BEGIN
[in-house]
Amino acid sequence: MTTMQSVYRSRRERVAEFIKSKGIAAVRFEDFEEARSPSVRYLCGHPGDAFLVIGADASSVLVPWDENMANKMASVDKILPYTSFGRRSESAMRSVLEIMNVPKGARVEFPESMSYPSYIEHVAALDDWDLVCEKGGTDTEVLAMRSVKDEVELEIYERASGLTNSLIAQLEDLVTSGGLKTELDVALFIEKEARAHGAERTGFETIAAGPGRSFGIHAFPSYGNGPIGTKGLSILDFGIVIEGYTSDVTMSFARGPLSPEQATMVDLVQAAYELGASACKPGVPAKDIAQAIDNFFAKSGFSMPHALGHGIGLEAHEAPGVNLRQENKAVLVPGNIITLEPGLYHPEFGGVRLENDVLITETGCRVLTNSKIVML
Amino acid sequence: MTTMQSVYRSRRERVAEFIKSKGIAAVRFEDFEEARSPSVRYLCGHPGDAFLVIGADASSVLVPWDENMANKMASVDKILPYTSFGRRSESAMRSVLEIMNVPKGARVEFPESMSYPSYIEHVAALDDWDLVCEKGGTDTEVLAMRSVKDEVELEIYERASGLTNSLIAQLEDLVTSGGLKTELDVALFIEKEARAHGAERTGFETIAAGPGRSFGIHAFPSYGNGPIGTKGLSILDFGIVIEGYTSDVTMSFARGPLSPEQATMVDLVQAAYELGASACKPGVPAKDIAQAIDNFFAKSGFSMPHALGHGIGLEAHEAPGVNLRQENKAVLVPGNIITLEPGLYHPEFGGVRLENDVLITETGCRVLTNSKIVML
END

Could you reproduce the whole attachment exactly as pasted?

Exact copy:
[in-house]
Amino acid sequence: MTTMQSVYRSRRERVAEFIKSKGIAAVRFEDFEEARSPSVRYLCGHPGDAFLVIGADASSVLVPWDENMANKMASVDKILPYTSFGRRSESAMRSVLEIMNVPKGARVEFPESMSYPSYIEHVAALDDWDLVCEKGGTDTEVLAMRSVKDEVELEIYERASGLTNSLIAQLEDLVTSGGLKTELDVALFIEKEARAHGAERTGFETIAAGPGRSFGIHAFPSYGNGPIGTKGLSILDFGIVIEGYTSDVTMSFARGPLSPEQATMVDLVQAAYELGASACKPGVPAKDIAQAIDNFFAKSGFSMPHALGHGIGLEAHEAPGVNLRQENKAVLVPGNIITLEPGLYHPEFGGVRLENDVLITETGCRVLTNSKIVML
Amino acid sequence: MTTMQSVYRSRRERVAEFIKSKGIAAVRFEDFEEARSPSVRYLCGHPGDAFLVIGADASSVLVPWDENMANKMASVDKILPYTSFGRRSESAMRSVLEIMNVPKGARVEFPESMSYPSYIEHVAALDDWDLVCEKGGTDTEVLAMRSVKDEVELEIYERASGLTNSLIAQLEDLVTSGGLKTELDVALFIEKEARAHGAERTGFETIAAGPGRSFGIHAFPSYGNGPIGTKGLSILDFGIVIEGYTSDVTMSFARGPLSPEQATMVDLVQAAYELGASACKPGVPAKDIAQAIDNFFAKSGFSMPHALGHGIGLEAHEAPGVNLRQENKAVLVPGNIITLEPGLYHPEFGGVRLENDVLITETGCRVLTNSKIVML